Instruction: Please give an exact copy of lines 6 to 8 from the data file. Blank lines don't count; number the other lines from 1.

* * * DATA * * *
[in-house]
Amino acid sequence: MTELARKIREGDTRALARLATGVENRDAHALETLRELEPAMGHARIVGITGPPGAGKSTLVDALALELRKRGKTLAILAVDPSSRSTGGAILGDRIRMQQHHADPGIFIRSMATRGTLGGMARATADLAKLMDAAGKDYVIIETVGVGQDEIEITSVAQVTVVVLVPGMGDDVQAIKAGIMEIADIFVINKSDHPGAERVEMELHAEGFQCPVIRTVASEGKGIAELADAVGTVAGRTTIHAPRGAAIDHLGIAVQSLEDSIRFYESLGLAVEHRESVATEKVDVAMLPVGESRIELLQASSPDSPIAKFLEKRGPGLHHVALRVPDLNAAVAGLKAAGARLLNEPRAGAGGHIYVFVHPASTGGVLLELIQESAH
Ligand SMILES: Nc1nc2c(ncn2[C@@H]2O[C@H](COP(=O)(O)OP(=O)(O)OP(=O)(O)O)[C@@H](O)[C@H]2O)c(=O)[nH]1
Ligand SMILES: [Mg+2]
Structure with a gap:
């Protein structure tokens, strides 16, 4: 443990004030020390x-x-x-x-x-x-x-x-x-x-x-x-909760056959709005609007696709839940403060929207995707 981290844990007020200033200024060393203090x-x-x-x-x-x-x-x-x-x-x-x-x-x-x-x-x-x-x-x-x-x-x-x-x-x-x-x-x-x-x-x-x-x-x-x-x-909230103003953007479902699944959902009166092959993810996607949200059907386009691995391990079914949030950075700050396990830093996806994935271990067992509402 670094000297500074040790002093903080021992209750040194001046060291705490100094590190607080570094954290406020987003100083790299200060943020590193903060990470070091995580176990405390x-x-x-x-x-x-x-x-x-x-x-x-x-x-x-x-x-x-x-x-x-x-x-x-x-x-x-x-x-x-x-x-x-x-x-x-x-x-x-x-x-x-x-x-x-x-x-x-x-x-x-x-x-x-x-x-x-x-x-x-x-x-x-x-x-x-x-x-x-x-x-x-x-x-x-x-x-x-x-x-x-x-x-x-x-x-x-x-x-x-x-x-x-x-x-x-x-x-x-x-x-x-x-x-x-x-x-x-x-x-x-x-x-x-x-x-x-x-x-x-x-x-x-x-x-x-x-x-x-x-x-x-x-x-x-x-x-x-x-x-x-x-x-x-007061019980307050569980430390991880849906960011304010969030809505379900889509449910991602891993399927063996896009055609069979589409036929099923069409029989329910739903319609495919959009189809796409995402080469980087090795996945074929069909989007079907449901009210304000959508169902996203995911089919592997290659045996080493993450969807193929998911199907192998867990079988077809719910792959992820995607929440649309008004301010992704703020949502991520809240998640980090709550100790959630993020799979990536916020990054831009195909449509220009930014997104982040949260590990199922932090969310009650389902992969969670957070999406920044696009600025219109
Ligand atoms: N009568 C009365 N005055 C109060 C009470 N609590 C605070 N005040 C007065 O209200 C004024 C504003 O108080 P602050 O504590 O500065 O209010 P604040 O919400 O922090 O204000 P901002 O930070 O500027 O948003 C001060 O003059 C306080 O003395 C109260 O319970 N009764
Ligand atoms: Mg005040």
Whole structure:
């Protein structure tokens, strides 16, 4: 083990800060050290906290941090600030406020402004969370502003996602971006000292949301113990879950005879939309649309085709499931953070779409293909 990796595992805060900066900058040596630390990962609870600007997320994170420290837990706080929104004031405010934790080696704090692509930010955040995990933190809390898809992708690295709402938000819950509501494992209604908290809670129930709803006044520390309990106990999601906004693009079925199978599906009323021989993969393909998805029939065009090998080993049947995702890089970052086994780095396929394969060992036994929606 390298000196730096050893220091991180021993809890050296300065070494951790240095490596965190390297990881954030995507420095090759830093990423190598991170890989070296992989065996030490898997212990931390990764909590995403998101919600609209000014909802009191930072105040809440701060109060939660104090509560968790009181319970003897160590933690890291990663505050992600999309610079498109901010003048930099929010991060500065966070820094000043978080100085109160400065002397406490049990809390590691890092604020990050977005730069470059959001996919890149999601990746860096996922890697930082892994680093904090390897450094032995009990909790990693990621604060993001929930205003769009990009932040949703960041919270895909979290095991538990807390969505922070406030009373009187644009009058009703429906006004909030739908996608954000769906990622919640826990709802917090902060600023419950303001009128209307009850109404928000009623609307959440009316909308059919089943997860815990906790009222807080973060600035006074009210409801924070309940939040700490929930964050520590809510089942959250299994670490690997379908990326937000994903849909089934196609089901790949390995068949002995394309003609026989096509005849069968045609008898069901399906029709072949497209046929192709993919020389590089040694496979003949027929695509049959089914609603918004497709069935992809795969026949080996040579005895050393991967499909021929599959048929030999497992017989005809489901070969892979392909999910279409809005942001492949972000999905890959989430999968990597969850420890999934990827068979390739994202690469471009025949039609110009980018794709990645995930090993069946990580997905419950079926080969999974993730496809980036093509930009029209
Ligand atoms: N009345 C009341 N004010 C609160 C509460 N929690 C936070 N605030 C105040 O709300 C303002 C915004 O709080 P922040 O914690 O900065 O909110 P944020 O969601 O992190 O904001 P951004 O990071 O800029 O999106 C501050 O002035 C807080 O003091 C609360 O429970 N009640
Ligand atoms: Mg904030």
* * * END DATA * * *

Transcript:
């Protein structure tokens, strides 16, 4: 443990004030020390x-x-x-x-x-x-x-x-x-x-x-x-909760056959709005609007696709839940403060929207995707 981290844990007020200033200024060393203090x-x-x-x-x-x-x-x-x-x-x-x-x-x-x-x-x-x-x-x-x-x-x-x-x-x-x-x-x-x-x-x-x-x-x-x-x-909230103003953007479902699944959902009166092959993810996607949200059907386009691995391990079914949030950075700050396990830093996806994935271990067992509402 670094000297500074040790002093903080021992209750040194001046060291705490100094590190607080570094954290406020987003100083790299200060943020590193903060990470070091995580176990405390x-x-x-x-x-x-x-x-x-x-x-x-x-x-x-x-x-x-x-x-x-x-x-x-x-x-x-x-x-x-x-x-x-x-x-x-x-x-x-x-x-x-x-x-x-x-x-x-x-x-x-x-x-x-x-x-x-x-x-x-x-x-x-x-x-x-x-x-x-x-x-x-x-x-x-x-x-x-x-x-x-x-x-x-x-x-x-x-x-x-x-x-x-x-x-x-x-x-x-x-x-x-x-x-x-x-x-x-x-x-x-x-x-x-x-x-x-x-x-x-x-x-x-x-x-x-x-x-x-x-x-x-x-x-x-x-x-x-x-x-x-x-x-x-007061019980307050569980430390991880849906960011304010969030809505379900889509449910991602891993399927063996896009055609069979589409036929099923069409029989329910739903319609495919959009189809796409995402080469980087090795996945074929069909989007079907449901009210304000959508169902996203995911089919592997290659045996080493993450969807193929998911199907192998867990079988077809719910792959992820995607929440649309008004301010992704703020949502991520809240998640980090709550100790959630993020799979990536916020990054831009195909449509220009930014997104982040949260590990199922932090969310009650389902992969969670957070999406920044696009600025219109
Ligand atoms: N009568 C009365 N005055 C109060 C009470 N609590 C605070 N005040 C007065 O209200 C004024 C504003 O108080 P602050 O504590 O500065 O209010 P604040 O919400 O922090 O204000 P901002 O930070 O500027 O948003 C001060 O003059 C306080 O003395 C109260 O319970 N009764
Ligand atoms: Mg005040």